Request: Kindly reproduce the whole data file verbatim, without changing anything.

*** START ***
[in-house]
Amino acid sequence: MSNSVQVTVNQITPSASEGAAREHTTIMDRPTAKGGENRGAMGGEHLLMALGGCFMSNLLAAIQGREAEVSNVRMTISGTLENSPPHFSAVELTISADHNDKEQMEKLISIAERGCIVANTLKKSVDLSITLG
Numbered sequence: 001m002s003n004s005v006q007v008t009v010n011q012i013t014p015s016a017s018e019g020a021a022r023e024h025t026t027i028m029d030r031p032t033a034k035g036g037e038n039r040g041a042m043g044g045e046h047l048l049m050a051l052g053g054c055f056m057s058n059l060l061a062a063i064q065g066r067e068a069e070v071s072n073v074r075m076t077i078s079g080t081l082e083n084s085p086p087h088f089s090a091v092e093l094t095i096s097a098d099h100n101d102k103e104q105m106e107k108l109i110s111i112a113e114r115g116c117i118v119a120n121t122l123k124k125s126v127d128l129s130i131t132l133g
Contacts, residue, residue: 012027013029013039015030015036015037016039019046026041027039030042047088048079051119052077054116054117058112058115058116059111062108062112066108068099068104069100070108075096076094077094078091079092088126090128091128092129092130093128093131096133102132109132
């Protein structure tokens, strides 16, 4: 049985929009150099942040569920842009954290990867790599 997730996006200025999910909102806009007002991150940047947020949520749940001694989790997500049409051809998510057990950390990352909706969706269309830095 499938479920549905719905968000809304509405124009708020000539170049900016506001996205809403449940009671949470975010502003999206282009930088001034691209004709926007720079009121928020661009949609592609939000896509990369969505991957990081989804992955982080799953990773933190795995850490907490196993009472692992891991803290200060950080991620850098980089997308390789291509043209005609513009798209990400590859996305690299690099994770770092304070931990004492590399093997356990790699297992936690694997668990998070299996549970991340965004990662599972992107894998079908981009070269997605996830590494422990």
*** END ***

[in-house]
Amino acid sequence: MSNSVQVTVNQITPSASEGAAREHTTIMDRPTAKGGENRGAMGGEHLLMALGGCFMSNLLAAIQGREAEVSNVRMTISGTLENSPPHFSAVELTISADHNDKEQMEKLISIAERGCIVANTLKKSVDLSITLG
Numbered sequence: 001m002s003n004s005v006q007v008t009v010n011q012i013t014p015s016a017s018e019g020a021a022r023e024h025t026t027i028m029d030r031p032t033a034k035g036g037e038n039r040g041a042m043g044g045e046h047l048l049m050a051l052g053g054c055f056m057s058n059l060l061a062a063i064q065g066r067e068a069e070v071s072n073v074r075m076t077i078s079g080t081l082e083n084s085p086p087h088f089s090a091v092e093l094t095i096s097a098d099h100n101d102k103e104q105m106e107k108l109i110s111i112a113e114r115g116c117i118v119a120n121t122l123k124k125s126v127d128l129s130i131t132l133g
Contacts, residue, residue: 012027013029013039015030015036015037016039019046026041027039030042047088048079051119052077054116054117058112058115058116059111062108062112066108068099068104069100070108075096076094077094078091079092088126090128091128092129092130093128093131096133102132109132
């Protein structure tokens, strides 16, 4: 049985929009150099942040569920842009954290990867790599 997730996006200025999910909102806009007002991150940047947020949520749940001694989790997500049409051809998510057990950390990352909706969706269309830095 499938479920549905719905968000809304509405124009708020000539170049900016506001996205809403449940009671949470975010502003999206282009930088001034691209004709926007720079009121928020661009949609592609939000896509990369969505991957990081989804992955982080799953990773933190795995850490907490196993009472692992891991803290200060950080991620850098980089997308390789291509043209005609513009798209990400590859996305690299690099994770770092304070931990004492590399093997356990790699297992936690694997668990998070299996549970991340965004990662599972992107894998079908981009070269997605996830590494422990």